A ten percent Instructional Support Levy, if approved by the voters March 16, will keep the Mid-Prairie School District financially solvent. Members of the Mid-Prairie Board of Education Monday …
A ten percent Instructional Support Levy, if approved by the voters March 16, will keep the Mid-Prairie School District financially solvent. Members of the Mid-Prairie Board of Education Monday reached a consensus on the figure, agreeing that the major part of the levy will come from an income tax surcharge.
In actual money, it is estimated that $323,000 will be raised by the surtax and $80,000 from property tax. The remainder of the $465,000 will come from state funds. State law requires that a portion of the levy be derived from property tax.
Board members also learned that the general tax asking for the next fiscal year will be lower. That means if the levy passes, the property tax levy will not be significantly larger than the current one, said Superintendent Gordon Cook.
Much of the board’s discussion centered on how the levy funds would be used, including funds for all-day every-day kindergarten.
Members of the Mid-Prairie Athletic Boosters have asked the board to consider building a new weight room at the high school. In fact, the group has pledged its assistance, and Monday Booster member Ron Gingerich told the board that the addition of the facility could favorably affect the levy vote.
The Boosters have even suggested that the board start on the facility immediately, even if funds have to be borrowed. The Boosters offered to pay the interest charges and the architectural fees, the board was told. For the Boosters, their share is expected to run at least to $40,000.
However, Cook said that the levy cannot be used to borrow against, that state law specifically prohibits that.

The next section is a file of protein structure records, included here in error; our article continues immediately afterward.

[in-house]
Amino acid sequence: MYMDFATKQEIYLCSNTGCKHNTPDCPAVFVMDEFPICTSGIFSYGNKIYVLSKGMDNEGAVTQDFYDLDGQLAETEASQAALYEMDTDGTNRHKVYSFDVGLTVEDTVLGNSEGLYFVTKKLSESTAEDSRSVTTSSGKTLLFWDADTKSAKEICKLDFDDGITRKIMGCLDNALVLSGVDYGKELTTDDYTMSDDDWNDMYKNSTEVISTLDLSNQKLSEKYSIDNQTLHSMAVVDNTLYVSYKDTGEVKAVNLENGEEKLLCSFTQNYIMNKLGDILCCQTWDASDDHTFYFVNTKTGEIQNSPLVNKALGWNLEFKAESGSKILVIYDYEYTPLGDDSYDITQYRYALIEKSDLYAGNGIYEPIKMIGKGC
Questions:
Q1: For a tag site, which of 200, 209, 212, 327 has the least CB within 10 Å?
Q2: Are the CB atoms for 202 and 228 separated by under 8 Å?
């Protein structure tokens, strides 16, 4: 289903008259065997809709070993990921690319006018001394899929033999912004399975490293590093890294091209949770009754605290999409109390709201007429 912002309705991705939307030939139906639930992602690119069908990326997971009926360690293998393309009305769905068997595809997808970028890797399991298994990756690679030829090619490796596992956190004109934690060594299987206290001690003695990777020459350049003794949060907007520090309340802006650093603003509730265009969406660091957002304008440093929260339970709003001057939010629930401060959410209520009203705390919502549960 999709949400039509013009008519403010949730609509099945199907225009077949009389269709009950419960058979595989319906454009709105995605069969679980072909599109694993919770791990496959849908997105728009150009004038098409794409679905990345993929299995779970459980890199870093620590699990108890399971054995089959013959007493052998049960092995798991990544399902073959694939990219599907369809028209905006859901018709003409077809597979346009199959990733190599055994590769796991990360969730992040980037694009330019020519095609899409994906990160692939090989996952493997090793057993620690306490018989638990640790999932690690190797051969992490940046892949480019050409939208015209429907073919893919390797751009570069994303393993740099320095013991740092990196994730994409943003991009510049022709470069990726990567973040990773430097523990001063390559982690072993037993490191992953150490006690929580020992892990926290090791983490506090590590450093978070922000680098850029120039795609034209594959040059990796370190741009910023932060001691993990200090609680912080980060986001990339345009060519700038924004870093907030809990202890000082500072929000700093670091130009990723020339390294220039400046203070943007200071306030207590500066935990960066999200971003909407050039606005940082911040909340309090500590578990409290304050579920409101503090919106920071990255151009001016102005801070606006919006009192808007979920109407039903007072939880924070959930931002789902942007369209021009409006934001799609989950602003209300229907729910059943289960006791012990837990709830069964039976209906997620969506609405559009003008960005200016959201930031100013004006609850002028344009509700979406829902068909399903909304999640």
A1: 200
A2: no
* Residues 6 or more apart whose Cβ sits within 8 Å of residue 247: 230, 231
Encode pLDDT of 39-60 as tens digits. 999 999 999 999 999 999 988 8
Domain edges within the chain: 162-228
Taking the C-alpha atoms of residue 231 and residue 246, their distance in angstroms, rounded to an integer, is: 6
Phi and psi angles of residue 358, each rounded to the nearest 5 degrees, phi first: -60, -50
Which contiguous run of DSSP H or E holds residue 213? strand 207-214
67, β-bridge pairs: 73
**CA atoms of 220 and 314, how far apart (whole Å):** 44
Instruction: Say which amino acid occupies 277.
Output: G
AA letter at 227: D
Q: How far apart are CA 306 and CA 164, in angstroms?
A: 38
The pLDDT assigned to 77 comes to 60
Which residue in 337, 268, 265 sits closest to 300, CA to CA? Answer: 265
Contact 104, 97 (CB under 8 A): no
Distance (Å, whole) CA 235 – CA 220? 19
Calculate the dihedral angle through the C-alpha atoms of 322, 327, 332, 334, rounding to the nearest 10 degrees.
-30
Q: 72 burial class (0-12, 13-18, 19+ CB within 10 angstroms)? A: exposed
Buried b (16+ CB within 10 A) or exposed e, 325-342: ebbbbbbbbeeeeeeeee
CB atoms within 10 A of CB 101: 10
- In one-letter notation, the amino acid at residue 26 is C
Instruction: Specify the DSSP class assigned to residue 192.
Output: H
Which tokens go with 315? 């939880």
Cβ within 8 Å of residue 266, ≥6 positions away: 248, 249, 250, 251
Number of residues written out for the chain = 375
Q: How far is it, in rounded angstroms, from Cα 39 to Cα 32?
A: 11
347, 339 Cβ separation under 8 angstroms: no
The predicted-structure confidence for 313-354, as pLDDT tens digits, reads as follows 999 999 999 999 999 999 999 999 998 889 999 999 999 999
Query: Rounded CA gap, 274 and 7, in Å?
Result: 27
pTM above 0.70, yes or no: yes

Board member Jack Dillon noted that the board has discussed key issues, such as instructional materials and replacing district reserves, for some time and that those priorities have not altered.
He noted that the weight room request “came in last. It should not be put on top.”
Resident Shirley Kos noted that the weight room “should have been on the bond issue,” something with which board members agreed.
Finally, the district’s Business Manager, Doug Slaubaugh, told the board that “right now we cannot afford anything,” that if additional revenue is not found all reserves “will be gone in two years.”
He stressed that a key issue is to start rebuilding the reserves, so that if “something is needed, there will be money for it.”
Slaubaugh explained that using reserves to fund on-going programs created much of the financial problem, that reserves were meant to cover a one-time expense.
He added that the levy “is the last funding source we have.”
Slaubaugh also noted that the district’s Matching Funds policy, which has not been possible to do for the last two years, “was one of the best things we have going.” It provided items for the district at half-price.” As a result, building up funds to resume the award-winning Matching Funds policy “would be a good idea.”
Present plans call for 20 percent of the levy funds to be set aside for rebuilding the reserves.
Board members agreed that voters should be told specifically what the funds will finance. Board members debated exactly how specific, with Dillon asking for additional time to review items, including having larger categories.
Finally, the board voted to hold a special meeting at 6:30 p.m., Tuesday, February 16, to vote on the levy resolution.
In other business, the board:
•hired Kim Anderson as a special education aide at Wellman Elementary School. Board member Tracy Anderson abstained in the voting.
•hired Becky Kemp as a part-time special education aide at the Middle School.
•agreed to grant Philippe Moineau a one-year leave to teach abroad for a year, provided a suitable replacement is found.
•accepted the financial audit report.
•approved the 1999-2000 calendar that sees classes starting August 24 and graduation, for the Class of 2000, set for May 28.
•learned that Athletic Director Don Showalter will coach the McDonald’s All-American game March 24 in Ames, featuring the 20 top high school seniors in the nation.
•received a detailed presentation about the interdisciplinary curriculum at the Middle School.
•were told the first in a series of public Instructional Support Levy meetings is Thursday, February 11 at the Middle School.
•received a report from students Hilary Shalla and Troy Ruffin that high school students view the year “as going smooth” and that the blocks scheduling has met with student approval.
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